Fannie Mae today released another installment of its 2010 Own-Rent Analysis and according to the study, all racial and ethnic groups polled, as well as immigrants, strongly aspire to own a home, despite current disparities in homeownership rates for these groups. Additionally, if personal finances improve for these groups as they continue to grow in number, homeownership rate disparities may not persist.
“Our study gives us reason to believe that the homeownership rates for ethnic groups and immigrants will be higher than indicated solely by the projected growth of the racial and demographic population,” said Doug Duncan, Fannie Mae Vice President and Chief Economist.
The Fannie Mae Analysis is based on extensive primary research with homeowners and renters, U.S. Census Bureau data, and micro- and macro- economic parameters, and explores the factors influencing consumers’ decisions to buy or rent a home.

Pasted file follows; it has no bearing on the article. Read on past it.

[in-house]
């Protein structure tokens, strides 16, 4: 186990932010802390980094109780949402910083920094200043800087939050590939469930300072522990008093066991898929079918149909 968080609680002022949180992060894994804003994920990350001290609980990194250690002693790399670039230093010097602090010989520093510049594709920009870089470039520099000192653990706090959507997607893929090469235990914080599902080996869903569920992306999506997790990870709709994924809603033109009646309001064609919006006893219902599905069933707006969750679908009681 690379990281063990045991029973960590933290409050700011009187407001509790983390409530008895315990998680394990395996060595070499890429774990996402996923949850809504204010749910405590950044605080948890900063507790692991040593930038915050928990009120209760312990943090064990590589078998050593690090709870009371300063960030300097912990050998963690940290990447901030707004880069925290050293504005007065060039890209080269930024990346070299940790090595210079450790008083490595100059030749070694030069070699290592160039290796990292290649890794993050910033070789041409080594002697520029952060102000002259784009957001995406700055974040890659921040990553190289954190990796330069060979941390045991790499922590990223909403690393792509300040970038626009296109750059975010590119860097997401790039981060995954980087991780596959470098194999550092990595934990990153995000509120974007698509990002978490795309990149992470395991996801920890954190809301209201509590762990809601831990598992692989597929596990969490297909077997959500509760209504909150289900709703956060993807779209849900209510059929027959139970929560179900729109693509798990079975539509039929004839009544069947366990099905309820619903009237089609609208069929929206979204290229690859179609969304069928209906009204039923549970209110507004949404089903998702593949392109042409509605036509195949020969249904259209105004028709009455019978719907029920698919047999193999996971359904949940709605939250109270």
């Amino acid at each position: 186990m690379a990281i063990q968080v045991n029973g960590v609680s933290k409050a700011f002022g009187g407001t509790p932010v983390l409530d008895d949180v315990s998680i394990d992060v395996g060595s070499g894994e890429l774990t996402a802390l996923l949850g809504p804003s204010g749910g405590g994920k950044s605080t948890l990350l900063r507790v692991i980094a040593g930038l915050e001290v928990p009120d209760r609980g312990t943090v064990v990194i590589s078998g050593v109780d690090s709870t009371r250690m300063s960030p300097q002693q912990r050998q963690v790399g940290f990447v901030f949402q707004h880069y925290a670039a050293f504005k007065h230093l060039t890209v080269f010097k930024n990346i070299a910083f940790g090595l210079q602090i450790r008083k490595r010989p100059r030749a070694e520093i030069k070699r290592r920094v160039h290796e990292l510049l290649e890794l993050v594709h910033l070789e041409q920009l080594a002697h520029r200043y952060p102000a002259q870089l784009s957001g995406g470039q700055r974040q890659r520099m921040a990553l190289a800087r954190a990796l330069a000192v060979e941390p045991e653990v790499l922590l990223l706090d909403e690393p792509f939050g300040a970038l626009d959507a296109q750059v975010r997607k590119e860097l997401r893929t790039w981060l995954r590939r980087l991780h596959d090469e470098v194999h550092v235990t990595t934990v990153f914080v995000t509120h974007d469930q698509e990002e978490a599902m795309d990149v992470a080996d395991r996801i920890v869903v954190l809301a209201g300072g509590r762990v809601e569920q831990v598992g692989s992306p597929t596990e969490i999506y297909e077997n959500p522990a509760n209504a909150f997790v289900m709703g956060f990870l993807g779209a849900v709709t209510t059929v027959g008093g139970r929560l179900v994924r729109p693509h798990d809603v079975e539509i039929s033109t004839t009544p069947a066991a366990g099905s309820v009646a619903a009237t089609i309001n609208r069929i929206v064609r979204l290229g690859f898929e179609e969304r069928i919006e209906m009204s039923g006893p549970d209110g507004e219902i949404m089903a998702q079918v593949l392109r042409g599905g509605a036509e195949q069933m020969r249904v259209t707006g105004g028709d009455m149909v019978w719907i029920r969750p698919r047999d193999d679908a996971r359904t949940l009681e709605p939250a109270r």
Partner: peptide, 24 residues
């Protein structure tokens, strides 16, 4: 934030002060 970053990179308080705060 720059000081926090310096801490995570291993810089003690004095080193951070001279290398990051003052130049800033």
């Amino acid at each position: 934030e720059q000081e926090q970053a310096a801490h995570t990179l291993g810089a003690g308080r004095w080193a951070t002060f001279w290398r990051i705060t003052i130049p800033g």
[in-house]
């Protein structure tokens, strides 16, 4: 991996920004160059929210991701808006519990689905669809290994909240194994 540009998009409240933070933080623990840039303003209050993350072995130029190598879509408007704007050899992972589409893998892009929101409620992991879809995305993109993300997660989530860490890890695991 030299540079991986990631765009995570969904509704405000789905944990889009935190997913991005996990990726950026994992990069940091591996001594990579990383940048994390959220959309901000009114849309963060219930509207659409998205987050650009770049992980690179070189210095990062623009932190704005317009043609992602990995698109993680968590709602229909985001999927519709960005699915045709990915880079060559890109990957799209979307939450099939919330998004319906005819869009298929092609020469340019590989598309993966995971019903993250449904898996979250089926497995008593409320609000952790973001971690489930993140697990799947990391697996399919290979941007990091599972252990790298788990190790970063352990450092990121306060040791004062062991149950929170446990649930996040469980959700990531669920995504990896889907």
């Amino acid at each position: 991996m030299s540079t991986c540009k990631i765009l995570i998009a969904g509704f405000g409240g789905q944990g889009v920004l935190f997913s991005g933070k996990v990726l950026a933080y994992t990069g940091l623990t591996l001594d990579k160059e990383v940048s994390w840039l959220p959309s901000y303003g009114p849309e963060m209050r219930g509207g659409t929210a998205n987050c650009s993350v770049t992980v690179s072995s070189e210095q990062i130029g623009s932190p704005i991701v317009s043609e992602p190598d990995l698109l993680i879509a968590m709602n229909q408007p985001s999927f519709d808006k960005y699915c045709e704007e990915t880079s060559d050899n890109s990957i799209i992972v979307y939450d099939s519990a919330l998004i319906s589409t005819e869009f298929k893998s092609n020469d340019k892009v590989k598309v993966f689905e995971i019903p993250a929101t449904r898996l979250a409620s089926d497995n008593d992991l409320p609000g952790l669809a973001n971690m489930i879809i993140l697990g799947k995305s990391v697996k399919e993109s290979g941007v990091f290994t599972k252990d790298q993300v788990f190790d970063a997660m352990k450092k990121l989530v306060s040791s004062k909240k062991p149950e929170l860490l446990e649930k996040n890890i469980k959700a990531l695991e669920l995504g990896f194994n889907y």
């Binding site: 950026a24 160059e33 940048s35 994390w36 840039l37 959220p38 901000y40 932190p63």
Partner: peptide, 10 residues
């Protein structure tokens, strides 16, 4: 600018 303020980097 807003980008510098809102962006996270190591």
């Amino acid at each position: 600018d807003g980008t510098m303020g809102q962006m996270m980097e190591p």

Overview of Key Findings:
• First generation immigrants and minorities are more likely to be living in multifamily housing and more likely to want to own these units.
• Among all sub-groups surveyed, African Americans are most likely to rent their homes; 52 percent of African Americans rent, compared to 41 percent of first-generation immigrants, 38 percent of Hispanics, and 25 percent of whites. Homeownership rates converge regardless of race, ethnicity, and immigration status among people with higher incomes. And for immigrants, homeownership also increases with tenure in the U.S.
• According to U.S. Census Bureau data, among ethnic groups, non-Hispanic whites currently have the highest rate of homeownership at 76 percent, compared to 51 percent for white Hispanics, 47 percents for non-Hispanic blacks, and 34 percent for black Hispanics. 53 percent for Hispanics.
• Immigrants also tend to have lower homeownership rates but the gap quickly narrows over time as tenure in the U.S. increases
* Sixty-six percent of respondents say they believe that housing is a safe investment — as safe as an IRA or a 401(k) plan.
• More than half say they believe that owning is a good idea, even if they plan to stay in the home less than three years.
• Eighty-six percent identify tax benefits as a reason to buy, even though tax benefits are small or non-existent for many homeowners